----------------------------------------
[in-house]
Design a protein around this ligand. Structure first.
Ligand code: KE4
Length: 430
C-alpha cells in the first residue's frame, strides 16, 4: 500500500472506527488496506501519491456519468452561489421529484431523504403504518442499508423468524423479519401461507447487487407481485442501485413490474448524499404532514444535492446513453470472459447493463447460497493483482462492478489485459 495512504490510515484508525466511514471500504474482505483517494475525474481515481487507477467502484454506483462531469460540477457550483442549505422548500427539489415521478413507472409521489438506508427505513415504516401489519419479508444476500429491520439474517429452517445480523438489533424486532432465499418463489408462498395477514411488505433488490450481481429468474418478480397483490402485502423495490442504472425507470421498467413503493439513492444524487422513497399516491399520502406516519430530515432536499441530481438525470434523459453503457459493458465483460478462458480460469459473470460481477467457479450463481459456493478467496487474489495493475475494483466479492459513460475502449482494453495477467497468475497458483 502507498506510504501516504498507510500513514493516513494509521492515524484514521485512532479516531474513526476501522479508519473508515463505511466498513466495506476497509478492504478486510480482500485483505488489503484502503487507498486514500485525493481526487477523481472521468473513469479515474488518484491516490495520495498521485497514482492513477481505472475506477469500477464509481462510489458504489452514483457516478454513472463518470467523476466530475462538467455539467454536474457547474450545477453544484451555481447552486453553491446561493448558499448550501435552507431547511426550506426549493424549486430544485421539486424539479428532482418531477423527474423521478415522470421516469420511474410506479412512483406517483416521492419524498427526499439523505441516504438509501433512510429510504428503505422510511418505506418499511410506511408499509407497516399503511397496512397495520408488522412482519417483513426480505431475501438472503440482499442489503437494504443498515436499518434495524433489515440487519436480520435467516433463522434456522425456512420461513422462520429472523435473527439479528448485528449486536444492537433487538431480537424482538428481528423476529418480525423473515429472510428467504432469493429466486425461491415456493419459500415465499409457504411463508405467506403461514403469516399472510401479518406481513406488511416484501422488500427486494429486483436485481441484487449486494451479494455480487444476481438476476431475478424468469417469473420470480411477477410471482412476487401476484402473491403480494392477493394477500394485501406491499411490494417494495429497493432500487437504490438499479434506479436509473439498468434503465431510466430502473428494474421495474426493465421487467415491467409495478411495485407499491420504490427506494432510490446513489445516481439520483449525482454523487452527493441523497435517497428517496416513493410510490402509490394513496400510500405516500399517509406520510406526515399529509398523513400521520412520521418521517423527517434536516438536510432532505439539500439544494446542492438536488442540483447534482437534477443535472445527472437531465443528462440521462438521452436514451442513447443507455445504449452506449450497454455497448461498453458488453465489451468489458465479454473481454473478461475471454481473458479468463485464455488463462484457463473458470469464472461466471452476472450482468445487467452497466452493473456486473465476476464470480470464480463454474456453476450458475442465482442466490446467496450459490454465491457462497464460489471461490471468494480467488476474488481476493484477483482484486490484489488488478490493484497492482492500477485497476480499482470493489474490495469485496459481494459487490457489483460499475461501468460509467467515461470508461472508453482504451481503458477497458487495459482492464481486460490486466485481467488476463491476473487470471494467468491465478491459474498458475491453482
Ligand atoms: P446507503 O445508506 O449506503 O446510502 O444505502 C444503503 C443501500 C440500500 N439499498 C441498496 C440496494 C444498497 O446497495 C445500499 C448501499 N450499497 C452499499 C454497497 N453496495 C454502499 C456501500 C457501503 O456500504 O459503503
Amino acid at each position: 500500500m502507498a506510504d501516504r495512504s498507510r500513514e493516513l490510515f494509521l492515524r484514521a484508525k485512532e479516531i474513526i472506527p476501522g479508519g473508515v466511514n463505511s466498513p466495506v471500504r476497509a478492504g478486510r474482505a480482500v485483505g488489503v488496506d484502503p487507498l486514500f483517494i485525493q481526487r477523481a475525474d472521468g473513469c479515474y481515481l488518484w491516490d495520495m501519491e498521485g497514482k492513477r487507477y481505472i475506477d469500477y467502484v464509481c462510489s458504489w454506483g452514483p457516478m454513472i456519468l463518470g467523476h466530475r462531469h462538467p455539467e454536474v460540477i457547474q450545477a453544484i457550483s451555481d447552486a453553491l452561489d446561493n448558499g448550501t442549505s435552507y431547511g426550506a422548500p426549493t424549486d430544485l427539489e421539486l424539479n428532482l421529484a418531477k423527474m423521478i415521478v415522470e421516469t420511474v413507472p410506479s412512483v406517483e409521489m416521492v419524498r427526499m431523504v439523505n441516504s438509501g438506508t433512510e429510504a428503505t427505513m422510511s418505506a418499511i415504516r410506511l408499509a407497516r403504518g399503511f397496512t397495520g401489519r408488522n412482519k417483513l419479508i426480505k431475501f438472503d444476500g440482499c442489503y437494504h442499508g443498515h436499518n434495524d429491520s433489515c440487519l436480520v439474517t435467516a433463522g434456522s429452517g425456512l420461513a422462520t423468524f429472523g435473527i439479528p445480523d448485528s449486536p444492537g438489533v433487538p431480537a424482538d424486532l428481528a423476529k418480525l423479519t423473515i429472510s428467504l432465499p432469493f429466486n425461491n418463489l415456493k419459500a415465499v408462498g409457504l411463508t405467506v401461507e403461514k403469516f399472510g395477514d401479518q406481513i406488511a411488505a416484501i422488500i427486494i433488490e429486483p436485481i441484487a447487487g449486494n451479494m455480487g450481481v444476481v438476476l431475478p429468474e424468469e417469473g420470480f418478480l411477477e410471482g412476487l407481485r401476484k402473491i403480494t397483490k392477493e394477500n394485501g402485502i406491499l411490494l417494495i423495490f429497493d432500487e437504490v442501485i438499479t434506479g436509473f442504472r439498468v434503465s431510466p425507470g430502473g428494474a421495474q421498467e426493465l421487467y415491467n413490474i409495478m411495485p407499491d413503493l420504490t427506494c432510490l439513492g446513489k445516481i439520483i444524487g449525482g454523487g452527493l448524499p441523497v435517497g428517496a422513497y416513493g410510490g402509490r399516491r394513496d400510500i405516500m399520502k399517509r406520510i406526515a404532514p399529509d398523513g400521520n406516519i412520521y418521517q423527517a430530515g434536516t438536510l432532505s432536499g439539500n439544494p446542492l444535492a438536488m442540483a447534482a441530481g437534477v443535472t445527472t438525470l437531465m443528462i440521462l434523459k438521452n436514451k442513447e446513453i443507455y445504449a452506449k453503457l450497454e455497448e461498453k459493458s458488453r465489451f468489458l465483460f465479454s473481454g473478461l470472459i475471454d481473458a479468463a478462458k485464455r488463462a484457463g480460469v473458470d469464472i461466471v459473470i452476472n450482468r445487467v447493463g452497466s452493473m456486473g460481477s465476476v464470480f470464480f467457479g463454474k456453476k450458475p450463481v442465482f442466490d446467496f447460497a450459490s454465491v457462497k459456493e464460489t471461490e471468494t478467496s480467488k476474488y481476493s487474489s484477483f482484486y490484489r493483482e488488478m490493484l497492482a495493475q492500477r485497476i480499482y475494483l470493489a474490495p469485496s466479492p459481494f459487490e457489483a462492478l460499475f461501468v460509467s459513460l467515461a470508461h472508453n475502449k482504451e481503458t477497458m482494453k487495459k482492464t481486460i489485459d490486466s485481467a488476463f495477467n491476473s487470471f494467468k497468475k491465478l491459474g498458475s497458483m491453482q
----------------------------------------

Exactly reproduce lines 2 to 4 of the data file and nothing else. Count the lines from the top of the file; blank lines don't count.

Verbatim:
Design a protein around this ligand. Structure first.
Ligand code: KE4
Length: 430